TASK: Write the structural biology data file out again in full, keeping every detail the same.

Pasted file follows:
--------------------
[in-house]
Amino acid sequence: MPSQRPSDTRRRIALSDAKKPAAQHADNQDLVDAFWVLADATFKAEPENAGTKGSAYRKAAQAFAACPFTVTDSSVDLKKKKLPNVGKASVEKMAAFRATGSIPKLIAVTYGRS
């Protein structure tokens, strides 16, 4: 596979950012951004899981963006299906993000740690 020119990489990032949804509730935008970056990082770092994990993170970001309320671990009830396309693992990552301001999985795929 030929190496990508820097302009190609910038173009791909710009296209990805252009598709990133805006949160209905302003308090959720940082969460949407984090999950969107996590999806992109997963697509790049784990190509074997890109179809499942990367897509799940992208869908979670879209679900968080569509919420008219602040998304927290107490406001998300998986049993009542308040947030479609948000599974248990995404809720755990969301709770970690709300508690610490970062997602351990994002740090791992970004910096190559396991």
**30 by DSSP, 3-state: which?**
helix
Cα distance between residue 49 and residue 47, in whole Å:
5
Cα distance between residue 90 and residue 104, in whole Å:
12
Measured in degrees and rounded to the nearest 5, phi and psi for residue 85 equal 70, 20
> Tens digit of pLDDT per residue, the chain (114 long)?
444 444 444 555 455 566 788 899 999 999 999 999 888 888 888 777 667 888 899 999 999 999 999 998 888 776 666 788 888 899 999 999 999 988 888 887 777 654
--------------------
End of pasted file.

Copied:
[in-house]
Amino acid sequence: MPSQRPSDTRRRIALSDAKKPAAQHADNQDLVDAFWVLADATFKAEPENAGTKGSAYRKAAQAFAACPFTVTDSSVDLKKKKLPNVGKASVEKMAAFRATGSIPKLIAVTYGRS
């Protein structure tokens, strides 16, 4: 596979950012951004899981963006299906993000740690 020119990489990032949804509730935008970056990082770092994990993170970001309320671990009830396309693992990552301001999985795929 030929190496990508820097302009190609910038173009791909710009296209990805252009598709990133805006949160209905302003308090959720940082969460949407984090999950969107996590999806992109997963697509790049784990190509074997890109179809499942990367897509799940992208869908979670879209679900968080569509919420008219602040998304927290107490406001998300998986049993009542308040947030479609948000599974248990995404809720755990969301709770970690709300508690610490970062997602351990994002740090791992970004910096190559396991």
**30 by DSSP, 3-state: which?**
helix
Cα distance between residue 49 and residue 47, in whole Å:
5
Cα distance between residue 90 and residue 104, in whole Å:
12
Measured in degrees and rounded to the nearest 5, phi and psi for residue 85 equal 70, 20
> Tens digit of pLDDT per residue, the chain (114 long)?
444 444 444 555 455 566 788 899 999 999 999 999 888 888 888 777 667 888 899 999 999 999 999 998 888 776 666 788 888 899 999 999 999 988 888 887 777 654